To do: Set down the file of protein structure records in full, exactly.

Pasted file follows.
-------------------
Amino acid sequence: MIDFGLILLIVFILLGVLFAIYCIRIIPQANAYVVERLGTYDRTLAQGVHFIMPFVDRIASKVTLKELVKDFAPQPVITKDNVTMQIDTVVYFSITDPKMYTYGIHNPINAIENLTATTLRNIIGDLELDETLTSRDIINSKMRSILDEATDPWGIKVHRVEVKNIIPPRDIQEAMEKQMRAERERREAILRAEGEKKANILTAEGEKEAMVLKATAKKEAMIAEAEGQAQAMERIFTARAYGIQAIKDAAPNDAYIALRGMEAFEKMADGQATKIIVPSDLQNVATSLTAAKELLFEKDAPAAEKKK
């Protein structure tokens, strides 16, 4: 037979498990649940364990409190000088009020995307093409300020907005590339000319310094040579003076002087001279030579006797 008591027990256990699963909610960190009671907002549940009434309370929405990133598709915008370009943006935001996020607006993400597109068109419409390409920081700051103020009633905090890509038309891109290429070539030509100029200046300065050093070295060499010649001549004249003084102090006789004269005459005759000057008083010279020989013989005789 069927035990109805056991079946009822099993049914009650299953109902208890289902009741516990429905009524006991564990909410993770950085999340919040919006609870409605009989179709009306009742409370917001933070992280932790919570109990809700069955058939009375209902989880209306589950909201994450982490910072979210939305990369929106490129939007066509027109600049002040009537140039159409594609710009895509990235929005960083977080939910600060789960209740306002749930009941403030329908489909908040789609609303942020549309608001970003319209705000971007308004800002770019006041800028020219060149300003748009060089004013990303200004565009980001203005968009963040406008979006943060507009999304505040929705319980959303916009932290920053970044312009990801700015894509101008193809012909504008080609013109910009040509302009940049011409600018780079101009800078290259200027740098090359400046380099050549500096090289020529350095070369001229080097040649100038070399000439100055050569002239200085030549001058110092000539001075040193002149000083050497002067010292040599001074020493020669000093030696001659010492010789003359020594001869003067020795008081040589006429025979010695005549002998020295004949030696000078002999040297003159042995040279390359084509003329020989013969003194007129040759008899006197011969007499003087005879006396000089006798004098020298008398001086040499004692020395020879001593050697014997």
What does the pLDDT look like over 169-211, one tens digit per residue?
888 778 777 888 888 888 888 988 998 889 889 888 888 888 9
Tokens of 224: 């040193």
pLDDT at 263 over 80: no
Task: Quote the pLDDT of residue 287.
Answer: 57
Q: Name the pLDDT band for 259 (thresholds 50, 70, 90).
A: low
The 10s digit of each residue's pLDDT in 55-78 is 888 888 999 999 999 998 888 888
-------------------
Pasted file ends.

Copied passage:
Amino acid sequence: MIDFGLILLIVFILLGVLFAIYCIRIIPQANAYVVERLGTYDRTLAQGVHFIMPFVDRIASKVTLKELVKDFAPQPVITKDNVTMQIDTVVYFSITDPKMYTYGIHNPINAIENLTATTLRNIIGDLELDETLTSRDIINSKMRSILDEATDPWGIKVHRVEVKNIIPPRDIQEAMEKQMRAERERREAILRAEGEKKANILTAEGEKEAMVLKATAKKEAMIAEAEGQAQAMERIFTARAYGIQAIKDAAPNDAYIALRGMEAFEKMADGQATKIIVPSDLQNVATSLTAAKELLFEKDAPAAEKKK
């Protein structure tokens, strides 16, 4: 037979498990649940364990409190000088009020995307093409300020907005590339000319310094040579003076002087001279030579006797 008591027990256990699963909610960190009671907002549940009434309370929405990133598709915008370009943006935001996020607006993400597109068109419409390409920081700051103020009633905090890509038309891109290429070539030509100029200046300065050093070295060499010649001549004249003084102090006789004269005459005759000057008083010279020989013989005789 069927035990109805056991079946009822099993049914009650299953109902208890289902009741516990429905009524006991564990909410993770950085999340919040919006609870409605009989179709009306009742409370917001933070992280932790919570109990809700069955058939009375209902989880209306589950909201994450982490910072979210939305990369929106490129939007066509027109600049002040009537140039159409594609710009895509990235929005960083977080939910600060789960209740306002749930009941403030329908489909908040789609609303942020549309608001970003319209705000971007308004800002770019006041800028020219060149300003748009060089004013990303200004565009980001203005968009963040406008979006943060507009999304505040929705319980959303916009932290920053970044312009990801700015894509101008193809012909504008080609013109910009040509302009940049011409600018780079101009800078290259200027740098090359400046380099050549500096090289020529350095070369001229080097040649100038070399000439100055050569002239200085030549001058110092000539001075040193002149000083050497002067010292040599001074020493020669000093030696001659010492010789003359020594001869003067020795008081040589006429025979010695005549002998020295004949030696000078002999040297003159042995040279390359084509003329020989013969003194007129040759008899006197011969007499003087005879006396000089006798004098020298008398001086040499004692020395020879001593050697014997």
What does the pLDDT look like over 169-211, one tens digit per residue?
888 778 777 888 888 888 888 988 998 889 889 888 888 888 9
Tokens of 224: 């040193």
pLDDT at 263 over 80: no
Task: Quote the pLDDT of residue 287.
Answer: 57
Q: Name the pLDDT band for 259 (thresholds 50, 70, 90).
A: low
The 10s digit of each residue's pLDDT in 55-78 is 888 888 999 999 999 998 888 888